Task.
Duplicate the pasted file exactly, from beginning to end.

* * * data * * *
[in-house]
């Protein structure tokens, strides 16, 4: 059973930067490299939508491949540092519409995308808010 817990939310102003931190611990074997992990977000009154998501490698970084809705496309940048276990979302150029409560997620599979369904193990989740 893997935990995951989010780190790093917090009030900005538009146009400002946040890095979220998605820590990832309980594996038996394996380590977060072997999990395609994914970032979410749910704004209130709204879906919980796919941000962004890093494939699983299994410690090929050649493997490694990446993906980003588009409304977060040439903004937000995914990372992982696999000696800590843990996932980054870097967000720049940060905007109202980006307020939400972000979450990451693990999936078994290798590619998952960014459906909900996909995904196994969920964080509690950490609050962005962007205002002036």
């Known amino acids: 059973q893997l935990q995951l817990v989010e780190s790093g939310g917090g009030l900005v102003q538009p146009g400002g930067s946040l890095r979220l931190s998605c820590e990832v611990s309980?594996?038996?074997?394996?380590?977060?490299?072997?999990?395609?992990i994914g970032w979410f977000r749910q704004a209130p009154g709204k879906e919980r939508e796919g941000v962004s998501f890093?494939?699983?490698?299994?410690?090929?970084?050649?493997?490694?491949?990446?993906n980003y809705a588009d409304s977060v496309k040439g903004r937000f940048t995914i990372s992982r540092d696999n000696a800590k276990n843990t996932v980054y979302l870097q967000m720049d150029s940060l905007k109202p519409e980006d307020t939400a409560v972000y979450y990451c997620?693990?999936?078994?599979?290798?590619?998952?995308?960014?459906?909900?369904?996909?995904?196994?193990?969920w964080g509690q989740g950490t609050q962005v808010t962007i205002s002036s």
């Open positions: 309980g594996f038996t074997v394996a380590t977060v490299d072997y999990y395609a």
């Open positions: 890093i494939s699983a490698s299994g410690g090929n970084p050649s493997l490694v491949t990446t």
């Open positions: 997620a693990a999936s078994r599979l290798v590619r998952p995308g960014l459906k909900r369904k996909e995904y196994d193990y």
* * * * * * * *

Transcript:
[in-house]
């Protein structure tokens, strides 16, 4: 059973930067490299939508491949540092519409995308808010 817990939310102003931190611990074997992990977000009154998501490698970084809705496309940048276990979302150029409560997620599979369904193990989740 893997935990995951989010780190790093917090009030900005538009146009400002946040890095979220998605820590990832309980594996038996394996380590977060072997999990395609994914970032979410749910704004209130709204879906919980796919941000962004890093494939699983299994410690090929050649493997490694990446993906980003588009409304977060040439903004937000995914990372992982696999000696800590843990996932980054870097967000720049940060905007109202980006307020939400972000979450990451693990999936078994290798590619998952960014459906909900996909995904196994969920964080509690950490609050962005962007205002002036």
């Known amino acids: 059973q893997l935990q995951l817990v989010e780190s790093g939310g917090g009030l900005v102003q538009p146009g400002g930067s946040l890095r979220l931190s998605c820590e990832v611990s309980?594996?038996?074997?394996?380590?977060?490299?072997?999990?395609?992990i994914g970032w979410f977000r749910q704004a209130p009154g709204k879906e919980r939508e796919g941000v962004s998501f890093?494939?699983?490698?299994?410690?090929?970084?050649?493997?490694?491949?990446?993906n980003y809705a588009d409304s977060v496309k040439g903004r937000f940048t995914i990372s992982r540092d696999n000696a800590k276990n843990t996932v980054y979302l870097q967000m720049d150029s940060l905007k109202p519409e980006d307020t939400a409560v972000y979450y990451c997620?693990?999936?078994?599979?290798?590619?998952?995308?960014?459906?909900?369904?996909?995904?196994?193990?969920w964080g509690q989740g950490t609050q962005v808010t962007i205002s002036s």
């Open positions: 309980g594996f038996t074997v394996a380590t977060v490299d072997y999990y395609a």
């Open positions: 890093i494939s699983a490698s299994g410690g090929n970084p050649s493997l490694v491949t990446t």
């Open positions: 997620a693990a999936s078994r599979l290798v590619r998952p995308g960014l459906k909900r369904k996909e995904y196994d193990y």